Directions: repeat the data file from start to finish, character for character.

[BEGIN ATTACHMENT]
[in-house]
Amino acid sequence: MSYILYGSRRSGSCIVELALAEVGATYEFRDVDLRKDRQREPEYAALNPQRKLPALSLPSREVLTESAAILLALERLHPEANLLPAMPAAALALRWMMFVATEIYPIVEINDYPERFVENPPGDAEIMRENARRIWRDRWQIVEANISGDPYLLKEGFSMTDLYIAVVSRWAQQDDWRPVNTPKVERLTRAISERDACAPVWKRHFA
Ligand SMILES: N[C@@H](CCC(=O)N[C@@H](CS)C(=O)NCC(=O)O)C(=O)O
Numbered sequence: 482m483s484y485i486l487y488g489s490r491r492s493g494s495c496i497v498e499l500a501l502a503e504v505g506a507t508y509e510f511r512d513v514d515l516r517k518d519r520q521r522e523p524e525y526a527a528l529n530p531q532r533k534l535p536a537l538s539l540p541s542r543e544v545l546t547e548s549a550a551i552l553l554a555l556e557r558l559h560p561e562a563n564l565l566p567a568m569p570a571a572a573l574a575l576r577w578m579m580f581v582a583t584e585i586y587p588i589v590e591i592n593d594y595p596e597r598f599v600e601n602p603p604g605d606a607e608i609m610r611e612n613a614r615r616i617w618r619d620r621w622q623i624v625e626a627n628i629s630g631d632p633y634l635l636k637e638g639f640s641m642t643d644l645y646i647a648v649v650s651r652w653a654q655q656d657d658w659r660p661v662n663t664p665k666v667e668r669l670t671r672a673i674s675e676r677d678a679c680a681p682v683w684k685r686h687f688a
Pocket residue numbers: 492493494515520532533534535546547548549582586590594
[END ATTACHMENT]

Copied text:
[in-house]
Amino acid sequence: MSYILYGSRRSGSCIVELALAEVGATYEFRDVDLRKDRQREPEYAALNPQRKLPALSLPSREVLTESAAILLALERLHPEANLLPAMPAAALALRWMMFVATEIYPIVEINDYPERFVENPPGDAEIMRENARRIWRDRWQIVEANISGDPYLLKEGFSMTDLYIAVVSRWAQQDDWRPVNTPKVERLTRAISERDACAPVWKRHFA
Ligand SMILES: N[C@@H](CCC(=O)N[C@@H](CS)C(=O)NCC(=O)O)C(=O)O
Numbered sequence: 482m483s484y485i486l487y488g489s490r491r492s493g494s495c496i497v498e499l500a501l502a503e504v505g506a507t508y509e510f511r512d513v514d515l516r517k518d519r520q521r522e523p524e525y526a527a528l529n530p531q532r533k534l535p536a537l538s539l540p541s542r543e544v545l546t547e548s549a550a551i552l553l554a555l556e557r558l559h560p561e562a563n564l565l566p567a568m569p570a571a572a573l574a575l576r577w578m579m580f581v582a583t584e585i586y587p588i589v590e591i592n593d594y595p596e597r598f599v600e601n602p603p604g605d606a607e608i609m610r611e612n613a614r615r616i617w618r619d620r621w622q623i624v625e626a627n628i629s630g631d632p633y634l635l636k637e638g639f640s641m642t643d644l645y646i647a648v649v650s651r652w653a654q655q656d657d658w659r660p661v662n663t664p665k666v667e668r669l670t671r672a673i674s675e676r677d678a679c680a681p682v683w684k685r686h687f688a
Pocket residue numbers: 492493494515520532533534535546547548549582586590594